« Humans may absorb trillion particles per day- Titanium dioxide particles, in food and pharmaceutical products, can cross from the gut into the bloodstream, according to a UK Medical Research Council (MRC) study, using human volunteers.
Titanium dioxide, valued for its gleaming whiteness, is commonly added to a wide range of food products, pharmaceuticals, toothpaste and chewing gum. Although some animal studies have shown that a small proportion of persistent particles migrate from the gut into the blood system, human evidence has been lacking.
For the study, eight healthy volunteers ingested capsules containing 100 mg of titanium dioxide. A team from the MRC’s Elsie Widdowson Laboratory in Cambridge, working with St Thomas’ hospital, London, then used dark field microscopy to identify titanium dioxide particles in the blood, thanks to their reflective properties.
The researchers began to spot particles in the blood two hours after ingestion, with a peak at six hours. The results confirm that persistent particles can be taken up in humans, they write in Particle and Fibre Toxicology.
Examination of surgical and post-mortem specimens has shown that engineered particles are retained for long periods in the intestines, especially in lymphoid follicles called Peyer’s patches. These patches are lined with special microfold cells that “avidly” capture small particles. The effect is similar to tattoos, where ink is held in fixed macrophages in the skin.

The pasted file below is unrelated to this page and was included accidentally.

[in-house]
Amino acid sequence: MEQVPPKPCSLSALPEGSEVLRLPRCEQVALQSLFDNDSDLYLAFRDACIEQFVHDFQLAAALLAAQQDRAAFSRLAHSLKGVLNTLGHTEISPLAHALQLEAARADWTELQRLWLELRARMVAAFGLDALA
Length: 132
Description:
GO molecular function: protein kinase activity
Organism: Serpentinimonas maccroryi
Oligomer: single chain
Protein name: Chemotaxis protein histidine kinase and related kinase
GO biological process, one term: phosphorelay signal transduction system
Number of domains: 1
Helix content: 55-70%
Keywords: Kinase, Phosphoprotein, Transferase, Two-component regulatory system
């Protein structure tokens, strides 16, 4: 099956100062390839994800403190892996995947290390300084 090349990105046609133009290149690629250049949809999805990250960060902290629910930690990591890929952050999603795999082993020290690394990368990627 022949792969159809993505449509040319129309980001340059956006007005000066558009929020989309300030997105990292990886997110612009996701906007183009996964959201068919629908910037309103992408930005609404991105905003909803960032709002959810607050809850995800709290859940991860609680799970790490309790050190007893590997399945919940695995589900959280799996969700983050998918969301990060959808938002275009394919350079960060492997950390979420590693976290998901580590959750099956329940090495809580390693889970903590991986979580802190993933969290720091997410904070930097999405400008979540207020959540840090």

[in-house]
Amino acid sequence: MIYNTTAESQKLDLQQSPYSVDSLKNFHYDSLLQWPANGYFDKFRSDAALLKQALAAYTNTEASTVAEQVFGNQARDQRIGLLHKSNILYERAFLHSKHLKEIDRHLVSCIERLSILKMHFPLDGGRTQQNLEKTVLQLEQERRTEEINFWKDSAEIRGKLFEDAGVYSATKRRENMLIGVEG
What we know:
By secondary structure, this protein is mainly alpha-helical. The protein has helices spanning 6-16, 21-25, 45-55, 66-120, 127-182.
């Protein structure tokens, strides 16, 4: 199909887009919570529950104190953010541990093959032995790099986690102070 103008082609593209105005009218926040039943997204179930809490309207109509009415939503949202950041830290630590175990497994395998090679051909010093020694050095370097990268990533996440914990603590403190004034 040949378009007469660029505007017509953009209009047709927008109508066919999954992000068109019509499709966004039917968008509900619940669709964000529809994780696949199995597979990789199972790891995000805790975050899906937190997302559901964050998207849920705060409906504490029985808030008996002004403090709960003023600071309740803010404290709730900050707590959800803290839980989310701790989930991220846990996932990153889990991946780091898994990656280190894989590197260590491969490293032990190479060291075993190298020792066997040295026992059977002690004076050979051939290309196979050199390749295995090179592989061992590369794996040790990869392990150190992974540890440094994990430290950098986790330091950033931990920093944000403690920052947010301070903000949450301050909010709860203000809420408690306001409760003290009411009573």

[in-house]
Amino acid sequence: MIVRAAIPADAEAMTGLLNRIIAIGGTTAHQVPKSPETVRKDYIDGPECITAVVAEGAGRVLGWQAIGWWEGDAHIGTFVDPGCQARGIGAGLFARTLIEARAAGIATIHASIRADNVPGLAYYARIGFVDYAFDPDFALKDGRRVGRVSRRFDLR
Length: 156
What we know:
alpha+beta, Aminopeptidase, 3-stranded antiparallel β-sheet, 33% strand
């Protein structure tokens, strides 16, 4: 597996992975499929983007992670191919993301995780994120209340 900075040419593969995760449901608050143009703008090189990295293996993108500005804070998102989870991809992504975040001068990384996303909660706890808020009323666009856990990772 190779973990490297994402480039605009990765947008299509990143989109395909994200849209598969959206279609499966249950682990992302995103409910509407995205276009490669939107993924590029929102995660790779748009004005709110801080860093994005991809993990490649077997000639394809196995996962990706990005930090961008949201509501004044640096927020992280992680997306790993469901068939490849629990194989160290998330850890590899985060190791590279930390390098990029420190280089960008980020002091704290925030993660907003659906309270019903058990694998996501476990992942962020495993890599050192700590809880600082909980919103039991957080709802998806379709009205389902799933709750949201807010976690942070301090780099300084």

The researchers suggest that their recent results can be explained by early titanium dioxide absorption in the duodenum and then later Peyer’s patch uptake further along the small intestine, in the ileum.
The team estimates that adult humans may absorb a staggering one trillion titanium dioxide particles per person, per day. Lead author Jonathan Powell suspects that chance dictates whether particles end up trapped in the gut or in the blood stream.
“It’s rather like emptying a bag of table tennis balls into the Thames from Westminster Bridge,” he says.
The Cambridge work does not focus on particle size. However, a recent study commissioned by Friends of the Earth found nano-sized titanium dioxide particles in 14 popular food products.
This follows a US study, which also identified nanosized materials in food grade titanium dioxide samples. The researchers, led by Yu Yang from Arizona State University, are calling for environmental and human fate and toxicity studies to examine food grade titanium dioxide and to compare it with industrial products.
Efsa’s Scientific Panel on Food Additives and Nutrient Sources (ANS) is currently “re-evaluating” a range of food additives, including titanium dioxide.
Dr Powell and his colleagues are preparing a position paper on titanium dioxide in humans.
Following where the particles end up is “really difficult work in humans”, says Dr Powell. “Unfortunately, much of the animal work that has been reported to date is of insufficient quality to get clear signals and cannot be relied on.”
Article of Emma Davies
Journal article : http://particleandfibretoxicology.biomedcentral.com/articles/10.1186/s12989-015-0101-9
Friends of the Earth report : http://emergingtech.foe.org.au/wp-content/uploads/2015/09/FoE-Aus-Report-Final-web.pdf
Food grade titanium dioxide study (abstract) : http://pubs.acs.org/doi/abs/10.1021/es500436x
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